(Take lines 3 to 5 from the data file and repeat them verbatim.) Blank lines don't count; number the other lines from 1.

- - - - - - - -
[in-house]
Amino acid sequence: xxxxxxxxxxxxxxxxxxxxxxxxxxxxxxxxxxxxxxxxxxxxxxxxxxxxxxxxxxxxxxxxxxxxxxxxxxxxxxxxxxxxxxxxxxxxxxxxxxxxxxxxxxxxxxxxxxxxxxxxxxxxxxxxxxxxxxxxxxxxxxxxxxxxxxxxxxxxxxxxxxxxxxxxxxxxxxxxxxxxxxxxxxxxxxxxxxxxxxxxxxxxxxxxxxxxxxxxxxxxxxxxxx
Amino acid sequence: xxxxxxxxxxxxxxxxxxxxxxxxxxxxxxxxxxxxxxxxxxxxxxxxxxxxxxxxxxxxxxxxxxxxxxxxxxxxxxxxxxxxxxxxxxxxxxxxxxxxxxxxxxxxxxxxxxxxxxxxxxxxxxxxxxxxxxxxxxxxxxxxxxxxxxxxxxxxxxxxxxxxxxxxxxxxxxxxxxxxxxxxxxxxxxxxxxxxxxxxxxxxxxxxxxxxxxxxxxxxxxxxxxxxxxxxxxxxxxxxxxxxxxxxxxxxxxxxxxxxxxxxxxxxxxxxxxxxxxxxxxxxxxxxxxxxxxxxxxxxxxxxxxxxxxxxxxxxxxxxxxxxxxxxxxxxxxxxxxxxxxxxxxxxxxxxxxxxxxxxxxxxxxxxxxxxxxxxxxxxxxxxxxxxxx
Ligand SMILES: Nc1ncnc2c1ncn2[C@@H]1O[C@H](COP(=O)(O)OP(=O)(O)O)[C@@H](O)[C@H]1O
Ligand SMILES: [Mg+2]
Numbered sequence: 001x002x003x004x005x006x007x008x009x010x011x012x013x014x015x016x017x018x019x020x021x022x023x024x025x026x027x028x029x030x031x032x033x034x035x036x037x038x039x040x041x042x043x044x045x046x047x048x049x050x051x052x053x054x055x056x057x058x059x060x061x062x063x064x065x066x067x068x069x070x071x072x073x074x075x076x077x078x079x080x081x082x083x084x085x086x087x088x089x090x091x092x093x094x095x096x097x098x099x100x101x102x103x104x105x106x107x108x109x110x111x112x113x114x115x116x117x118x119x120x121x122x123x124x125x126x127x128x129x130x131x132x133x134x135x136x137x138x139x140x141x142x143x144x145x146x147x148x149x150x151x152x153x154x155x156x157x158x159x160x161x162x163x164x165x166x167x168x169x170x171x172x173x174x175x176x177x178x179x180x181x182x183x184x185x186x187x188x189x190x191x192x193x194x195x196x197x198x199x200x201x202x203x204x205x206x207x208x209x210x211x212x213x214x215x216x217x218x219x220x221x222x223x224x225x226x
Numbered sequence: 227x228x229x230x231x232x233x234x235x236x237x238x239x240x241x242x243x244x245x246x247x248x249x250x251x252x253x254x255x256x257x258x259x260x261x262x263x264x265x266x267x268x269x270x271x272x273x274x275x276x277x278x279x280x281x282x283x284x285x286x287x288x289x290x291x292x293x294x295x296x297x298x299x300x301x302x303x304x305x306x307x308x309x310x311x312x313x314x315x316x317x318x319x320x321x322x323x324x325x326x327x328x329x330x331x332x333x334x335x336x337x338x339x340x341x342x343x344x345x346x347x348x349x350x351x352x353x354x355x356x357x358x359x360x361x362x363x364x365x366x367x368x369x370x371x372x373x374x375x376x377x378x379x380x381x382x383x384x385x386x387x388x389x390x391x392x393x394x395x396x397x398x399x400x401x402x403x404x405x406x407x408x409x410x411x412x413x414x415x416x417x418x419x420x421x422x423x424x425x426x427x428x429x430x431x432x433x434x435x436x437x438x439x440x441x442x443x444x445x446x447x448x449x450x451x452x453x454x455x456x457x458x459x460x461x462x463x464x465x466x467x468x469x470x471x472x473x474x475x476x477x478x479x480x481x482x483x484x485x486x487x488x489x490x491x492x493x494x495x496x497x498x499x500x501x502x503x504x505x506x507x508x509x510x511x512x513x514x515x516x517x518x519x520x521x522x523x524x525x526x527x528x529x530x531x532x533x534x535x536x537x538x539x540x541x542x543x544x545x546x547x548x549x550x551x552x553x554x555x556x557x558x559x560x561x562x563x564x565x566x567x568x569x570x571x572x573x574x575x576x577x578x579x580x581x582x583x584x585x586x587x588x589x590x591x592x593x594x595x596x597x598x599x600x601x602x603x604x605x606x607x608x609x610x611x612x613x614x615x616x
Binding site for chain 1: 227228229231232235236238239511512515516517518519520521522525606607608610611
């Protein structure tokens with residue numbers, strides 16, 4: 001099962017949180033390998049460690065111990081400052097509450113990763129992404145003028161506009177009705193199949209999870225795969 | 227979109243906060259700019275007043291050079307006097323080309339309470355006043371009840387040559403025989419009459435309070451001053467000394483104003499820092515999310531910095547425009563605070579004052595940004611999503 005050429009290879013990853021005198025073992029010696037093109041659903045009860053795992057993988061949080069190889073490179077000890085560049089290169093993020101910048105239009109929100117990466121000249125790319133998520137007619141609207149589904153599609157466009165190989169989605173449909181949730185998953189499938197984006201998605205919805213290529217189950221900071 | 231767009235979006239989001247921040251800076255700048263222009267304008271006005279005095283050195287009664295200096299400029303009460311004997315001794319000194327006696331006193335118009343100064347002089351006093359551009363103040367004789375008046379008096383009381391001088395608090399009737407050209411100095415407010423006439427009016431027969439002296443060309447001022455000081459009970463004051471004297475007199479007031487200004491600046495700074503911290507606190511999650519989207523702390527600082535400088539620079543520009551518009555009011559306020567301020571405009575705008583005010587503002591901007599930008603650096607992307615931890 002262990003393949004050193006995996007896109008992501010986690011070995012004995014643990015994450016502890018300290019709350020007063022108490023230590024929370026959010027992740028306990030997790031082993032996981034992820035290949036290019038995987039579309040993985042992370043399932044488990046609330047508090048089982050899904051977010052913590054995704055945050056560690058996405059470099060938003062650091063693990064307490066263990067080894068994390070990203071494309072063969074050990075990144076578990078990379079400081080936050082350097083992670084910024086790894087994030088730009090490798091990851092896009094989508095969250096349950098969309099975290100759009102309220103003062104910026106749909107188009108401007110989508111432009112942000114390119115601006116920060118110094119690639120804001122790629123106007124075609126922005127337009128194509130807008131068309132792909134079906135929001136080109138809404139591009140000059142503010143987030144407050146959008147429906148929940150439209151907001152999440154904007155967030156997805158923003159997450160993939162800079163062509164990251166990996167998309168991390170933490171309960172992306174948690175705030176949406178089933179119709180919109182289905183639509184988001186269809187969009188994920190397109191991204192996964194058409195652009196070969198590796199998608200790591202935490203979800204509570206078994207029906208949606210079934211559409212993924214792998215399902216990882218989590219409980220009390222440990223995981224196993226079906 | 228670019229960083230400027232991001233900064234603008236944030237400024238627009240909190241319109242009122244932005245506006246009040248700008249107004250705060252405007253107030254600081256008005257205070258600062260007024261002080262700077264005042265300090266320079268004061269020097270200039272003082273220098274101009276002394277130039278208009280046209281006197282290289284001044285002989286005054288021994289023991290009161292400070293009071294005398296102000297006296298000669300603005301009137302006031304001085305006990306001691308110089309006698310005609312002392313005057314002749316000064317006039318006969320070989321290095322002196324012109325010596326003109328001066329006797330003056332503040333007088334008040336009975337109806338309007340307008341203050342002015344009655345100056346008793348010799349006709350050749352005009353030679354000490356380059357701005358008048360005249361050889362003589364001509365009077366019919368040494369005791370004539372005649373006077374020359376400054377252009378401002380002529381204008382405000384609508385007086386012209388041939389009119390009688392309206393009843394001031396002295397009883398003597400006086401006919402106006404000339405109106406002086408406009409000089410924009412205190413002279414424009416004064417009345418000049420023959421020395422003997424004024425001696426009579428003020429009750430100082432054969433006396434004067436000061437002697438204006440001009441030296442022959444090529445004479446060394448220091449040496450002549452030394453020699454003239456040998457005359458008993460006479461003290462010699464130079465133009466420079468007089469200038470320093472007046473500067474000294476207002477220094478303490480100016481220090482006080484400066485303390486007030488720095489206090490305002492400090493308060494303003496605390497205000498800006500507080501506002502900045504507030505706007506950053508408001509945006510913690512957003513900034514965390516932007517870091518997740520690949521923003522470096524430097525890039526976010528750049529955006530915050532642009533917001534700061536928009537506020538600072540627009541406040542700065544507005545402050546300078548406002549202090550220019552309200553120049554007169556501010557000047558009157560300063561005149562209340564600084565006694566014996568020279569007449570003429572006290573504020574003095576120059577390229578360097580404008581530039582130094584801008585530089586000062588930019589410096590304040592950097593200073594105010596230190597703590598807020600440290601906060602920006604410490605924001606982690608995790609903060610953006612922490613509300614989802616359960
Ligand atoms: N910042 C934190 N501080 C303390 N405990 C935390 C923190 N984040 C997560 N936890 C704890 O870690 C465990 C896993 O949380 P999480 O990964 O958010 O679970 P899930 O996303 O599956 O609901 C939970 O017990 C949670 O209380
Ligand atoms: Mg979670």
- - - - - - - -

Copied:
Amino acid sequence: xxxxxxxxxxxxxxxxxxxxxxxxxxxxxxxxxxxxxxxxxxxxxxxxxxxxxxxxxxxxxxxxxxxxxxxxxxxxxxxxxxxxxxxxxxxxxxxxxxxxxxxxxxxxxxxxxxxxxxxxxxxxxxxxxxxxxxxxxxxxxxxxxxxxxxxxxxxxxxxxxxxxxxxxxxxxxxxxxxxxxxxxxxxxxxxxxxxxxxxxxxxxxxxxxxxxxxxxxxxxxxxxxxxxxxxxxxxxxxxxxxxxxxxxxxxxxxxxxxxxxxxxxxxxxxxxxxxxxxxxxxxxxxxxxxxxxxxxxxxxxxxxxxxxxxxxxxxxxxxxxxxxxxxxxxxxxxxxxxxxxxxxxxxxxxxxxxxxxxxxxxxxxxxxxxxxxxxxxxxxxxxxxxxxxx
Ligand SMILES: Nc1ncnc2c1ncn2[C@@H]1O[C@H](COP(=O)(O)OP(=O)(O)O)[C@@H](O)[C@H]1O
Ligand SMILES: [Mg+2]